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Universal Studios Japan™ was the first and, to date, only theme park to open ahead of schedule and under budget. This is the story of how that feat was accomplished. The authors' debut effort, published by iUniverse, Inc., is their first-hand account of the events and people who made it happen.

Universal Studios Japan™ was the first and, to date, only theme park to open ahead of schedule and under budget. This is the story of how that feat was accomplished. The authors' debut effort, published by iUniverse, Inc., is their first-hand account of the events and people who made it happen. 31 Months in Japan - the Building of a Theme Park combines interesting details and behind-the-scenes descriptions of how magic is made in the entertainment industry with the challenges and frustrations of adapting to a foreign lifestyle. After spending nearly three years in Japan during the construction of the Universal Studios® theme park in Osaka, authors Larry K. and Lorna Collins share the funny, frustrating, touching and sometimes difficult events of that experience.

What NOT to do when in Japan:
1) Keeping shoes on while indoors. In nearly every home and many business, shoes are removed at the entrance and slippers are provided.
2) Wear toilet slippers elsewhere in the house. Special slippers are available just for use in the toilet room. Don't make the mistake of wearing them elsewhere.
3) Blow your nose in public. Even though small packages of tissues are handed out in train stations, they are Not for blowing noses. They are for wiping sweat and drying hands. Sniff, snort or mouth breathe, but don't blow!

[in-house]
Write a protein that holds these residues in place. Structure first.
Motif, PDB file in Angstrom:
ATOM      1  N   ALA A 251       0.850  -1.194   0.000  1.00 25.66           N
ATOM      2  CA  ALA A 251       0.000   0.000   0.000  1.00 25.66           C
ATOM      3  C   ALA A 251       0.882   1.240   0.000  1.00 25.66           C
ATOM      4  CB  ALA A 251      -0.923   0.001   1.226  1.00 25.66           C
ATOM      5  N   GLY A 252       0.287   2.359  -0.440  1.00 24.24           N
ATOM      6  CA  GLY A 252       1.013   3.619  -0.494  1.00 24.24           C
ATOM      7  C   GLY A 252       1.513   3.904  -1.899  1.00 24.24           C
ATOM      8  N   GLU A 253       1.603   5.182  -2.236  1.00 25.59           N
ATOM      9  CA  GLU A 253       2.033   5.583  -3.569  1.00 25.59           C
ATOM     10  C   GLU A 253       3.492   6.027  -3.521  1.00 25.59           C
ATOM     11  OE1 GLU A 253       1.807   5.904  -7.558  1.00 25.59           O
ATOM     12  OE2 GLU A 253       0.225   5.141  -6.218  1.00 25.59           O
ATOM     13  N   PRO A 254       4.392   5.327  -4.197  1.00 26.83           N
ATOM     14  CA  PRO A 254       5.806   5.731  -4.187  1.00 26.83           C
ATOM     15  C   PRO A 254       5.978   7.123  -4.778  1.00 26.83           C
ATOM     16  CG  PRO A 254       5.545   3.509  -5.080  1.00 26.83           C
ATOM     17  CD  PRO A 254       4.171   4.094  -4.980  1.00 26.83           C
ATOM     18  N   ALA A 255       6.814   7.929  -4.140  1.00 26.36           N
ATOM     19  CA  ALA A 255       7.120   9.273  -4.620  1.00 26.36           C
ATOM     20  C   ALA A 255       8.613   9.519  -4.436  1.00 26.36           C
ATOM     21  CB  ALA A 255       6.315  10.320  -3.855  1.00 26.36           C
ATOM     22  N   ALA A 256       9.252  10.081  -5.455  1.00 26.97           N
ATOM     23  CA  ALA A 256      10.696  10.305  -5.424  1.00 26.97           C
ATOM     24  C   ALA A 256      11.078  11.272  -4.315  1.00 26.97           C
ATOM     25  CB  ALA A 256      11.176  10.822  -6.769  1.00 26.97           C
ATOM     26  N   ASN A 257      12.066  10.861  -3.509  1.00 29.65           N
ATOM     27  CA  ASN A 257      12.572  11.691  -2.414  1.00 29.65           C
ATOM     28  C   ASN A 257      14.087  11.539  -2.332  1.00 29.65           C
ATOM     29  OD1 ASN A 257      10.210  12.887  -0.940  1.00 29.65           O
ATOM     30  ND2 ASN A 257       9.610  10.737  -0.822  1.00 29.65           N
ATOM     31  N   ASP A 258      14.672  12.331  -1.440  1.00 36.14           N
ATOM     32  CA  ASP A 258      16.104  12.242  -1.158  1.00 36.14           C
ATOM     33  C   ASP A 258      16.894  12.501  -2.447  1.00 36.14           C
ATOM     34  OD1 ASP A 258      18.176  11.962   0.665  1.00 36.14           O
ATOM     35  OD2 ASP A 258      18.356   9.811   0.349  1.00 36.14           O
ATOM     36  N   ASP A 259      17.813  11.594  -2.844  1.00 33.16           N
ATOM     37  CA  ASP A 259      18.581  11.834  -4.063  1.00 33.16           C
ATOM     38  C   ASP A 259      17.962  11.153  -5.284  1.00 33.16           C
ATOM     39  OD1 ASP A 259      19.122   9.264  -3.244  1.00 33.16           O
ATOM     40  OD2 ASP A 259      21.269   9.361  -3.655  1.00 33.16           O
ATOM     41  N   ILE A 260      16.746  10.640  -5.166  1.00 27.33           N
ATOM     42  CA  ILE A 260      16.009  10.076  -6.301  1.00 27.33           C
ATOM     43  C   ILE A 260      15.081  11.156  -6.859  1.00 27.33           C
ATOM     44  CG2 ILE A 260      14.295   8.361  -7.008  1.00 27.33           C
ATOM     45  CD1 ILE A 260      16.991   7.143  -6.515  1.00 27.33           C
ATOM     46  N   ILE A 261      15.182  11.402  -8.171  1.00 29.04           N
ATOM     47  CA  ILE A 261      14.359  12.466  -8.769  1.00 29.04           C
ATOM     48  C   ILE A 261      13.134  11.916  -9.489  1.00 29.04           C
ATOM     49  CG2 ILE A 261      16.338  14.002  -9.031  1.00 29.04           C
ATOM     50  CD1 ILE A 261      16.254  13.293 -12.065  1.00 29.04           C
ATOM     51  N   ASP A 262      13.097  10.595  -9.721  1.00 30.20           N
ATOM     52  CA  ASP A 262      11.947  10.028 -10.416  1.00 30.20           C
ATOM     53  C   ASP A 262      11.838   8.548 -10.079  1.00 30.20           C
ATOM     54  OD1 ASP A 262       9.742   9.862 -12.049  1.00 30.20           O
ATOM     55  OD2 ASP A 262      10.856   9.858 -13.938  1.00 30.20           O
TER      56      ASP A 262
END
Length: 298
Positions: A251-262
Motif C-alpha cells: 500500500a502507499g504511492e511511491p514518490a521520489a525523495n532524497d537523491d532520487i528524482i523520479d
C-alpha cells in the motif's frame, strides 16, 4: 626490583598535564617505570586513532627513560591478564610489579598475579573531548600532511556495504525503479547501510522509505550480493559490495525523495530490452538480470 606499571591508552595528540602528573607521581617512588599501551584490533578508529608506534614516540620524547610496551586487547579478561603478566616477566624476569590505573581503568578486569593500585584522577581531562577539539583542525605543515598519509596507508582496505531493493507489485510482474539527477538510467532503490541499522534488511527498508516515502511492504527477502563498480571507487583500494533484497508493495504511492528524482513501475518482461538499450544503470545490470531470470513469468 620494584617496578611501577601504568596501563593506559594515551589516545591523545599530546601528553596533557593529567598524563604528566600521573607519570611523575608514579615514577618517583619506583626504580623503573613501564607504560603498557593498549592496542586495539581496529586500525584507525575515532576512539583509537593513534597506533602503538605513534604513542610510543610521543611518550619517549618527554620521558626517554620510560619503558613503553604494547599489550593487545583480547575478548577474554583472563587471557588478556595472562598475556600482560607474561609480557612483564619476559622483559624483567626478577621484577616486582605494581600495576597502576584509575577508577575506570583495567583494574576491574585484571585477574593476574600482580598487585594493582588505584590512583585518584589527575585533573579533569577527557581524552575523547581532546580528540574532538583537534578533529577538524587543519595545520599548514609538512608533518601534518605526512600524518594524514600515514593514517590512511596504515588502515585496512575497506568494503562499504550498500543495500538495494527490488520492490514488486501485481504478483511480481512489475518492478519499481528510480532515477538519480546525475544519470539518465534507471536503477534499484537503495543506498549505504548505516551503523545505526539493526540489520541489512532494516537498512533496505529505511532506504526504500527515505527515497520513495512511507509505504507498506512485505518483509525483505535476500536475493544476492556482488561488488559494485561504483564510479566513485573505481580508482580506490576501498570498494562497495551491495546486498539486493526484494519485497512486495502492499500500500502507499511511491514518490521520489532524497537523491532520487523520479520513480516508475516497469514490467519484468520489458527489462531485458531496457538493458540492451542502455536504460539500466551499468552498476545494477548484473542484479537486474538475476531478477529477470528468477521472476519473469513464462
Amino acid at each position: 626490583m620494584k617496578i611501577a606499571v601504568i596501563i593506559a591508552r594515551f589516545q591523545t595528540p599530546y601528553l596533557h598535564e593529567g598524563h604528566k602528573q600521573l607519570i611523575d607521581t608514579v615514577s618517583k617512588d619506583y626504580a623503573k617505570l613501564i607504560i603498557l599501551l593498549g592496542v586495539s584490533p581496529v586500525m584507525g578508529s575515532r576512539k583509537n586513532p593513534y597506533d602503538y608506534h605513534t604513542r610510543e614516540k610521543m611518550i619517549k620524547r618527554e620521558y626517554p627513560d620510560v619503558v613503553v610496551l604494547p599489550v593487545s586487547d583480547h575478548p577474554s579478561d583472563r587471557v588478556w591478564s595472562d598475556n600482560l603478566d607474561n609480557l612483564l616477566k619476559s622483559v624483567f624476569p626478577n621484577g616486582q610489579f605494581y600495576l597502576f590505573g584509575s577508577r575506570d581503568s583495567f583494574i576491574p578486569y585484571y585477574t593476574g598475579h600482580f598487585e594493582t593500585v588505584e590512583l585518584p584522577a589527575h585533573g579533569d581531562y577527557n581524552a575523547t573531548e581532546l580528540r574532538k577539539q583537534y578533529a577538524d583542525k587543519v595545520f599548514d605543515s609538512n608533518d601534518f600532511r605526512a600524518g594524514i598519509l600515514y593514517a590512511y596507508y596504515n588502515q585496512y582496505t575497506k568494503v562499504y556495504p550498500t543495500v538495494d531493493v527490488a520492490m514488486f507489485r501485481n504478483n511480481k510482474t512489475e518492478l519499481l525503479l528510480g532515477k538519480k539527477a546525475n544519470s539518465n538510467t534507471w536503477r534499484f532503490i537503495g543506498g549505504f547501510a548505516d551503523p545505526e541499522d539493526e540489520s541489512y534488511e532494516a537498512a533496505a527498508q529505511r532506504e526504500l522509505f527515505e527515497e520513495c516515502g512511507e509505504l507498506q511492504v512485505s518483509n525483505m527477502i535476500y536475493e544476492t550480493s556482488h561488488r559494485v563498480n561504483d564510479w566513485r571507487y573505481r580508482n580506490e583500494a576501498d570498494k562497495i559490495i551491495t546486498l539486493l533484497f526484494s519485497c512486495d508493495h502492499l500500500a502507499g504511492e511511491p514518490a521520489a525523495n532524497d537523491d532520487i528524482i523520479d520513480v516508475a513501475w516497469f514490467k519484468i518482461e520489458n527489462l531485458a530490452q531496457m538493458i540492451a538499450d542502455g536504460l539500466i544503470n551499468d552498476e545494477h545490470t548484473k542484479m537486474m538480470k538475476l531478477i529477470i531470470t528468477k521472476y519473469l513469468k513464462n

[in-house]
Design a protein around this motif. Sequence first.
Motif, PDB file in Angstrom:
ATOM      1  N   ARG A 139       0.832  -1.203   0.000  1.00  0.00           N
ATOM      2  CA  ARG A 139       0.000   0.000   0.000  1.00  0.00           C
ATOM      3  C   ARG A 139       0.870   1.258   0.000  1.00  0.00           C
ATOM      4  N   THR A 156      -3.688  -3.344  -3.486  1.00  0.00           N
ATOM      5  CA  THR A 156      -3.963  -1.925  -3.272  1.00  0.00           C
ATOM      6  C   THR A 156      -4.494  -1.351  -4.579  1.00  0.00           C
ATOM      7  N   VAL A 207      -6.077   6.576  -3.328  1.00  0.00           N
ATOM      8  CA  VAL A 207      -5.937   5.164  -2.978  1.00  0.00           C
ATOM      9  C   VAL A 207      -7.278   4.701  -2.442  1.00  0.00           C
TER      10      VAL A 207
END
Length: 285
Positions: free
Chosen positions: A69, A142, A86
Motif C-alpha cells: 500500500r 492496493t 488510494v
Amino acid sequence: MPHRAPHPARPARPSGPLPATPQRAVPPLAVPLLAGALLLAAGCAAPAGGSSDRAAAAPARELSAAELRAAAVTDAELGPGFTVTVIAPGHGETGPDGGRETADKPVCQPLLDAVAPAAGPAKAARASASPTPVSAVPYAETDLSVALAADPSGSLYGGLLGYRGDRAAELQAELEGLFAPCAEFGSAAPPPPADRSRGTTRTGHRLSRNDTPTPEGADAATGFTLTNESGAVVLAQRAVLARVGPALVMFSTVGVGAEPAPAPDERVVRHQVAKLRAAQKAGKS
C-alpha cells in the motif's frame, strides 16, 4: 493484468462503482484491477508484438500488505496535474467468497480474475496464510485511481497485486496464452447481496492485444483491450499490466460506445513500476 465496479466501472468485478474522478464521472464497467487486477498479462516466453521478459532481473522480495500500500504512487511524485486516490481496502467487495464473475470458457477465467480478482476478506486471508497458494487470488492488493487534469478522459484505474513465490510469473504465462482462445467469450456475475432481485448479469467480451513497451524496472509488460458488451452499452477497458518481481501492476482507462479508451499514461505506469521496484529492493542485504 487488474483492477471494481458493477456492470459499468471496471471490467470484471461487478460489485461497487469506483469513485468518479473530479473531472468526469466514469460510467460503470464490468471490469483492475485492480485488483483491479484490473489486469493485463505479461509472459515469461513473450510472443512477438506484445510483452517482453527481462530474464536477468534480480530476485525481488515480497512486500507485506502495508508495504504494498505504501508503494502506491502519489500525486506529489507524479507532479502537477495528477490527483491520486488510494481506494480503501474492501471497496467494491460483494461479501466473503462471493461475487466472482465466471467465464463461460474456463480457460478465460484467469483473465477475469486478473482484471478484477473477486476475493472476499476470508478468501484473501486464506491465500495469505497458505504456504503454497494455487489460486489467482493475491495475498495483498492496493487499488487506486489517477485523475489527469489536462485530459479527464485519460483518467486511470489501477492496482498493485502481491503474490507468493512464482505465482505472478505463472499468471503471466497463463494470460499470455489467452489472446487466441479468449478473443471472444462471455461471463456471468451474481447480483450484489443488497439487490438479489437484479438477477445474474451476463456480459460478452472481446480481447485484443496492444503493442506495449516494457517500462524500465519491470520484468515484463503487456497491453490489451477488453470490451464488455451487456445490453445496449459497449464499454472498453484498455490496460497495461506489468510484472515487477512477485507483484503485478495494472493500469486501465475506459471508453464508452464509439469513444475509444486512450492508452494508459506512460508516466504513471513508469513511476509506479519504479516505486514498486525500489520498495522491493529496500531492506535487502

4) Pick your teeth with your mouth open. Toothpicks are provided in nearly all restaurants, but it is considered impolite to use them unless you cover your mouth with one hand and clean your teeth with the other.
5) Forget to bow. The art of bowing when meeting or leaving is a skill to master. You will be forgiven for bowing too low or not low enough, but you will be considered uncultured if you don't bow at all.
6) Forget to exchange business cards. If you are doing business with the Japanese, the formal exchange of meishi or business cards is an important part of every introduction. Hand yours to your counterpart with the writing facing them. And bow.
7) Pour your own drink. It is customary to let someone else pour your drink. And you must remember to take your turn pouring theirs.
8) Refuse to take part in the karaoke. Everyone does it, whether they can carry a tune or not. And you are expected to as well.
9) Refuse the alcohol. All business parties feature drinking. Develop an "allergy" if need be, but outright refusal is considered bad form.
10) Fail to attend a social occasion with business associates. You only have to stay for a few minutes and greet the most important people (the bosses) but you must make an appearance.

31 Months in Japan: The Building of a Theme Park is an inside look at the Japanese culture.

Authors Larry K. and Lorna Collins have developed a website, http://members.cox.net/31months, where you can learn more about this fascinating book.

Larry K. Collins was a Project Engineer and his wife, Lorna, was in Document Control while working on Universal Studios Japan in Osaka. They began dating in high school and have been married over forty years. They have returned to their home in Dana Point, CA where Larry enjoys surfing as often as he can.

To get more information, or to arrange an interview with experts on Japan and theme parks Larry and Lorna Collins, call 949-240-3477, cell phone 949-633-1370 or 949-633-1381 or email 31months @ cox.net

Contact: Lorna Collins
Phone: 949-240-3477
Cell: 949-633-1370
25441 Neptune Drive Dana Point, CA 92629

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